An advantage of this approach over using TransactionScopes (apart from the reliance on MSDTC) is that there ought to be just a single flush to the database in the final outer-transaction commit, regardless of how many methods have been called in-between. In other words, we don't need to write uncommitted data to the database as we go, we're always just writing it to the local NHibernate cache.

In short, this solution doesn't offer ultimate control over your transactions, because it doesn't ever use more than one transaction. I guess I can accept that, since nested transactions are by no means universally supported in every DBMS anyway. But now perhaps I can at least write code without worrying about whether we're already in a transaction or not.

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As Satish suggested, nested transactions are not supported in NHibernate. I've not come across scenarios where nested transactions were needed, but certainly I've faced problems where I had to ignore creating transactions if other ones were already active in other units of work.

The blog link below provides an example implementation for NHibernate, but should also work for SQL server: http://rajputyh.blogspot.com/2011/02/nested-transaction-handling-with.html

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That implementation doesn't support nesting, if you want nesting use Ayende's UnitOfWork implementation. Another problem with the implementation your are using (at least for web apps) is that it holds onto the ISession instance in a static variable.

I just rewrote our UnitOfWork yesterday for these reasons, it was originally based off of Gabriel's.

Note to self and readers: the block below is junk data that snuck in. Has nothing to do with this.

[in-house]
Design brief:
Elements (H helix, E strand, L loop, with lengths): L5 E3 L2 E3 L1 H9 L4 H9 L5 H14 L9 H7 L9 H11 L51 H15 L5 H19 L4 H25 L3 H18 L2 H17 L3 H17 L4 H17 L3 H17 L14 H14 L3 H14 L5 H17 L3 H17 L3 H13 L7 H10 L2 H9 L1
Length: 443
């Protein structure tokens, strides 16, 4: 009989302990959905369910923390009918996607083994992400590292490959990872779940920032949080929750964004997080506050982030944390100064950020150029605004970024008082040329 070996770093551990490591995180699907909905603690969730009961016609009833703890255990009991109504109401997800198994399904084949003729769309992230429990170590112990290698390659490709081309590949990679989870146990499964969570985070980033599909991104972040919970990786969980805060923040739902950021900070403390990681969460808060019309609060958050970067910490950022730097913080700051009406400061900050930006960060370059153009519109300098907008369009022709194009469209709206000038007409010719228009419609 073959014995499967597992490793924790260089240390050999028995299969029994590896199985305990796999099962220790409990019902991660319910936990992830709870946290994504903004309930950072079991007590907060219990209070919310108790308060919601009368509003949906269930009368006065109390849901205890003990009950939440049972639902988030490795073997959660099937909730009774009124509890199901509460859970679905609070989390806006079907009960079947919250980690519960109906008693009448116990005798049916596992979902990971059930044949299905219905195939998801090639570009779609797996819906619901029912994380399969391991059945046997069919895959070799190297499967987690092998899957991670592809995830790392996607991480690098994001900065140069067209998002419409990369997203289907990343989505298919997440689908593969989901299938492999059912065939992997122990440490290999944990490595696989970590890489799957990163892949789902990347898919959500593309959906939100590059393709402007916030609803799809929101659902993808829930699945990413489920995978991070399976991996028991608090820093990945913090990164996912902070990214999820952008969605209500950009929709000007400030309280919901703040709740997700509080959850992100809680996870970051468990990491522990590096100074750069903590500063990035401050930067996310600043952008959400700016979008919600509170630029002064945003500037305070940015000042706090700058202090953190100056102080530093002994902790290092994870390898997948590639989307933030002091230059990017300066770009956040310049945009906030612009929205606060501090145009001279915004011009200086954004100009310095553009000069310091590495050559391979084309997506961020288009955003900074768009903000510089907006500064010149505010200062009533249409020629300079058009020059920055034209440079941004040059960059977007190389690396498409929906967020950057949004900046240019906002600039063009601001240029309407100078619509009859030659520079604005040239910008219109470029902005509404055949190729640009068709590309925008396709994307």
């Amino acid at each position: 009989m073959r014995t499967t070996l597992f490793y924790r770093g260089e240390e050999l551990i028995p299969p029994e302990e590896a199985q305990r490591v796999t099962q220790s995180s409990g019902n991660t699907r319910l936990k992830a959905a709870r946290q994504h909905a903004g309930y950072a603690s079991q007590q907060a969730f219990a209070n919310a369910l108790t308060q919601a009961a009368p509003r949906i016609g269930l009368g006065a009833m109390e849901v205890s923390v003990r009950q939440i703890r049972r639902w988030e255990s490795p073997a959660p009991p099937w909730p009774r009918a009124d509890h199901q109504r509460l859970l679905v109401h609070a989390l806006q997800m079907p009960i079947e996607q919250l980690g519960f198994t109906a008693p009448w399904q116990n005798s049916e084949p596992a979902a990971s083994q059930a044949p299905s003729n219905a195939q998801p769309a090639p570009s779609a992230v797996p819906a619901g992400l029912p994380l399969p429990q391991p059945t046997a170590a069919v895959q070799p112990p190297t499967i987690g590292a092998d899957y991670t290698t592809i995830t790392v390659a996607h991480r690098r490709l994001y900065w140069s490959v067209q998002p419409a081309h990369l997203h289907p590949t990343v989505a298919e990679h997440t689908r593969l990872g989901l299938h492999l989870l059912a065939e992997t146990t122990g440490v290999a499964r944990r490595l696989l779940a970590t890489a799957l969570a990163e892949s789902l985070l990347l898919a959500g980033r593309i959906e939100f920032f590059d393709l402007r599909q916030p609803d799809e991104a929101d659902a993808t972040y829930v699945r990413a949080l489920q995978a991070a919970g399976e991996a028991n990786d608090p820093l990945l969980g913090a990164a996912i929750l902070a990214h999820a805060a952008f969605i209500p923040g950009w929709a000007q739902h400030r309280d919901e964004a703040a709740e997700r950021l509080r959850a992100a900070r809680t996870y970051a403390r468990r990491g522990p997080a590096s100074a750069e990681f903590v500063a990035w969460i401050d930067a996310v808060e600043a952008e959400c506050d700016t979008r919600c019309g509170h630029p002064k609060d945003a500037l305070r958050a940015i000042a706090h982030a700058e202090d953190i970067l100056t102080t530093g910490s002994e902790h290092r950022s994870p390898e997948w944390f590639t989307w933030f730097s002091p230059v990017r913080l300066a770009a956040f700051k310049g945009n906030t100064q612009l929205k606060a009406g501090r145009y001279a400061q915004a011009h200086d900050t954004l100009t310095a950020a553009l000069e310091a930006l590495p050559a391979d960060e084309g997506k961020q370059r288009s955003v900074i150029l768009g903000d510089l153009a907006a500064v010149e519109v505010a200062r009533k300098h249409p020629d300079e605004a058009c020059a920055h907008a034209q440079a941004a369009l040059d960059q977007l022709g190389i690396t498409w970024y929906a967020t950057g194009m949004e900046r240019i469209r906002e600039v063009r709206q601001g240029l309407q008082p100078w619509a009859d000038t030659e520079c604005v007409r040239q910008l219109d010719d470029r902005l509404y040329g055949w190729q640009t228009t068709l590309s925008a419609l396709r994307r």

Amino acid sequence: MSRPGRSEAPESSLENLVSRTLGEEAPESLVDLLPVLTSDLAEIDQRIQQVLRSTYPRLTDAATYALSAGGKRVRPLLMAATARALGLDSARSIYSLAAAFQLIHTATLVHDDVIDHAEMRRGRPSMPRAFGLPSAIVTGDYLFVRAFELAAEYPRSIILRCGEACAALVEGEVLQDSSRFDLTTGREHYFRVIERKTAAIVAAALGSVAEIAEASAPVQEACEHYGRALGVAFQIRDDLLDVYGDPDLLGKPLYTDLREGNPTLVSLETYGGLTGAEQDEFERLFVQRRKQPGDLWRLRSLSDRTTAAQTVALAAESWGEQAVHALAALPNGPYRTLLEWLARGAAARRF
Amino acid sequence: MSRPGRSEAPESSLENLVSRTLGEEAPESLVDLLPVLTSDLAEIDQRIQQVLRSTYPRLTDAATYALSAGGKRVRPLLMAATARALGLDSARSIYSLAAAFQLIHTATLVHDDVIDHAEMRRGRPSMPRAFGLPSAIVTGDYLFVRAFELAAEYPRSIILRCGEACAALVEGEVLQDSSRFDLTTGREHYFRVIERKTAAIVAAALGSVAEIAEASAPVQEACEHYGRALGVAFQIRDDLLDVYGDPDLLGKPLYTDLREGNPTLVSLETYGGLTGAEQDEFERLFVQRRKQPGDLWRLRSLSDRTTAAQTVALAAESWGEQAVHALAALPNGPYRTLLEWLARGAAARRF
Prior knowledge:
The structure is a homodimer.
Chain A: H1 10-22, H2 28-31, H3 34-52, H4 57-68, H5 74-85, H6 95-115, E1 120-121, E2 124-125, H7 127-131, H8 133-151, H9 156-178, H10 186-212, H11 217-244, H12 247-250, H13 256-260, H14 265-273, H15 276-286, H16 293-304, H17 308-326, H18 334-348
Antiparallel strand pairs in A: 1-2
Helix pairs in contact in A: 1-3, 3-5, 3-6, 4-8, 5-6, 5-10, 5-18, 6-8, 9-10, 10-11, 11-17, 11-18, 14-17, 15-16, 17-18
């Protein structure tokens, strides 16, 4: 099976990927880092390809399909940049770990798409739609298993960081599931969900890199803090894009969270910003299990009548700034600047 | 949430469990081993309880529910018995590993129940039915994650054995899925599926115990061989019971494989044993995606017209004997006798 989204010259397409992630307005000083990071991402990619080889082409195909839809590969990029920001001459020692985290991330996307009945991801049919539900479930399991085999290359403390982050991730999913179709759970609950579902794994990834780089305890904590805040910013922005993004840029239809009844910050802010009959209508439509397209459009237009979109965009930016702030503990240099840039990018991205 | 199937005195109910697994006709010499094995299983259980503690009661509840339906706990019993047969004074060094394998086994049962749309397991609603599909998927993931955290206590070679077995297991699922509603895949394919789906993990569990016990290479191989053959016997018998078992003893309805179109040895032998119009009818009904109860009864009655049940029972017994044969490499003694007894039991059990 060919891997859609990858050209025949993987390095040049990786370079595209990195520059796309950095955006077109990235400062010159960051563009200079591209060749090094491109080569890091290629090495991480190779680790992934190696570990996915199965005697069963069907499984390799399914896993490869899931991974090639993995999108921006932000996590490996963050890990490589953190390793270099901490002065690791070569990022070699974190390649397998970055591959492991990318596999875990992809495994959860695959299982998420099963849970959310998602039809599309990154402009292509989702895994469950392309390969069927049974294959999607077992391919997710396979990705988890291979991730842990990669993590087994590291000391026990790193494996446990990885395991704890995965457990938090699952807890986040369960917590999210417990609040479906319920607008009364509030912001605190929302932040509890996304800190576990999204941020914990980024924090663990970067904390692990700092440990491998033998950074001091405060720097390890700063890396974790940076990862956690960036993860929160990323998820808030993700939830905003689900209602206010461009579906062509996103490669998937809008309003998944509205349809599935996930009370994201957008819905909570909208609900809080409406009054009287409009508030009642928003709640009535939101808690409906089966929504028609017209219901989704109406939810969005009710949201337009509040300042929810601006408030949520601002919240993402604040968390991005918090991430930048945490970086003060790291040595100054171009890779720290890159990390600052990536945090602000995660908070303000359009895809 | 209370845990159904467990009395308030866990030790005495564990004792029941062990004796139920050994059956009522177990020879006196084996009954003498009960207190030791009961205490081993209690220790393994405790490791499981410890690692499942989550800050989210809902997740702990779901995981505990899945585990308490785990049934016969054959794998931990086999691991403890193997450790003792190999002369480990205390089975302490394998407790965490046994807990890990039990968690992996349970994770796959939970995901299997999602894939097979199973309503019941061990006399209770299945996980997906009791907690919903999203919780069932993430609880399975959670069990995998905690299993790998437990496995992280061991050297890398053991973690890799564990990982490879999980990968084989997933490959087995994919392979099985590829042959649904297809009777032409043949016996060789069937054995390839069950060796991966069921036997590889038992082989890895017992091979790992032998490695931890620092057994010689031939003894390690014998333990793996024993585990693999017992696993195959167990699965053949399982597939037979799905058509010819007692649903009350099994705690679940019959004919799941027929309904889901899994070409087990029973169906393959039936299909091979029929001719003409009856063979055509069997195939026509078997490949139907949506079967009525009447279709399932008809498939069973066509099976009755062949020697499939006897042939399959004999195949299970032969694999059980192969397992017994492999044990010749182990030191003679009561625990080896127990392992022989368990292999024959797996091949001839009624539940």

We don't use UnitOfWork.Current.BeginTransaction(), we use UnitofWork.TransactionalFlush(), which creates a separate transaction at the very end to flush all the changes at once.

using (var uow = UnitOfWork.Start())
{
     var entity = repository.Get(1);
     entity.Name = "Sneal";
     uow.TransactionalFlush();
}
share|improve this answer
    
Yeah, I feel like I should have used Rhino Commons from the beginning... I think I went with Gabriel's so I could get an idea of how the Unit Of Work pattern worked by building it from scratch (and it did help my understanding a lot actually), but maybe now it's time to play with the big boys... thanks. – Gavin Jul 28 '09 at 16:34
    
@Sneal: We've implemented Ayende's UnitOfWork using Rhino.Commons, and it's good, but I'm still unclear about how to get nested transactions working. The code I described in my original question acts in exactly the same way as before (i.e. the transaction objects seem to be shared). Can you give me any pointers? Thanks. – Gavin Jul 30 '09 at 8:41